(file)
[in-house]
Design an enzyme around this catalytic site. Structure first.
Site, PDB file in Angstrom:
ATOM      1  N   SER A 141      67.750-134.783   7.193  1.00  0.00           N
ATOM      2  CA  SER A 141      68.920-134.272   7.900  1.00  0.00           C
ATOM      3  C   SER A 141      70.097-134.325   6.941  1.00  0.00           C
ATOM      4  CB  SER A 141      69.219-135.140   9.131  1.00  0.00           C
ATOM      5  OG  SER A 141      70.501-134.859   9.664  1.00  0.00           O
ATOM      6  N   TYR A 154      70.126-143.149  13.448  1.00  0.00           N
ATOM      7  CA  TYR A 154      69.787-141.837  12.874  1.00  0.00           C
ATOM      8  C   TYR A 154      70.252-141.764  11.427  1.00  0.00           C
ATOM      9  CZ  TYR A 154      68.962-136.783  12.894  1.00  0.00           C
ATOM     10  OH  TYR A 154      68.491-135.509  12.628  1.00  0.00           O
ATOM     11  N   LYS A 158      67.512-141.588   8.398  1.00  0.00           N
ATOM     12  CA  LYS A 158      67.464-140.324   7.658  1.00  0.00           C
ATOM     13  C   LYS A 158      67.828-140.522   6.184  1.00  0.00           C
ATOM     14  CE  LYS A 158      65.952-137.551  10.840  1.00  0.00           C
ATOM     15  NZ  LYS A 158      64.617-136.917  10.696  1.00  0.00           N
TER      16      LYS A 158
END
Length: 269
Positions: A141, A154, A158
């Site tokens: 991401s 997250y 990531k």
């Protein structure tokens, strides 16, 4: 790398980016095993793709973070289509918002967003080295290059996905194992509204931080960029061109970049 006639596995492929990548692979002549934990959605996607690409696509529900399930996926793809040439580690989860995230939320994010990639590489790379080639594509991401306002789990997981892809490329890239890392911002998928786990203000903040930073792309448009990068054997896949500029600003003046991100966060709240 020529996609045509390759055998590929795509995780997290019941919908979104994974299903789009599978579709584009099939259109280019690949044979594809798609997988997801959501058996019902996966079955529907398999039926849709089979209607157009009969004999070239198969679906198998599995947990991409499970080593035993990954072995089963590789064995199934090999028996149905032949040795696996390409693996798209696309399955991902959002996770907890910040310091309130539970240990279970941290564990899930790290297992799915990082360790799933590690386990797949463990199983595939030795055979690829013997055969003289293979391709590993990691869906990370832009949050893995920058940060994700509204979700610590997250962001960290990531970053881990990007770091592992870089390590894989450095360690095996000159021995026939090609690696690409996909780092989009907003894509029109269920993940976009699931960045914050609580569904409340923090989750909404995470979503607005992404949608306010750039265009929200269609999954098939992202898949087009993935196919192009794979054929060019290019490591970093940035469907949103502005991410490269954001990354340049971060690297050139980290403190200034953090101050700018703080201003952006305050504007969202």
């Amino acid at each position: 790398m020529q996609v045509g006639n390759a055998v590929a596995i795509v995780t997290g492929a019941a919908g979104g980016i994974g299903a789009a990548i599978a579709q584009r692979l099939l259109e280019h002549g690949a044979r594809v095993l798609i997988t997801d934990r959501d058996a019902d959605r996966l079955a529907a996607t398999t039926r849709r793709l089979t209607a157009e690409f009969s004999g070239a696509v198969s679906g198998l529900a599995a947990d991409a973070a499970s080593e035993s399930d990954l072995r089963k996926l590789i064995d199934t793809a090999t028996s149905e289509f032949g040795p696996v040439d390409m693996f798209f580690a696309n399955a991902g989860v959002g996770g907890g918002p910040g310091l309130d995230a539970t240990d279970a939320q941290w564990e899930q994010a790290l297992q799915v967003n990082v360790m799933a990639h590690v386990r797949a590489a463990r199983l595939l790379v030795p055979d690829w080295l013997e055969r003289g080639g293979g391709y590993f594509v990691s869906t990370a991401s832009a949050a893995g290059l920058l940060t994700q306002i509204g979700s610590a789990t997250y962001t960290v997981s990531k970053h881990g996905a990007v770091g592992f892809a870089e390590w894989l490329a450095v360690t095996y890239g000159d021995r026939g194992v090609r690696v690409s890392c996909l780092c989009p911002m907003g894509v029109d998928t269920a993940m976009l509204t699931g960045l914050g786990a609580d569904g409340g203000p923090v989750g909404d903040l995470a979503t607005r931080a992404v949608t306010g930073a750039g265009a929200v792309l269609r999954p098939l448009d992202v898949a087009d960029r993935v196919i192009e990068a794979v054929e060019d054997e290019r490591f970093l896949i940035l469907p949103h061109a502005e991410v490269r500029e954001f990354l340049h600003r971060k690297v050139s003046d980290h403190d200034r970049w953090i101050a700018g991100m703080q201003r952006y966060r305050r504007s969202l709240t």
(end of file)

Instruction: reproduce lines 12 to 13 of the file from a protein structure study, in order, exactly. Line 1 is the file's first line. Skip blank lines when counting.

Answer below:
ATOM      9  CZ  TYR A 154      68.962-136.783  12.894  1.00  0.00           C
ATOM     10  OH  TYR A 154      68.491-135.509  12.628  1.00  0.00           O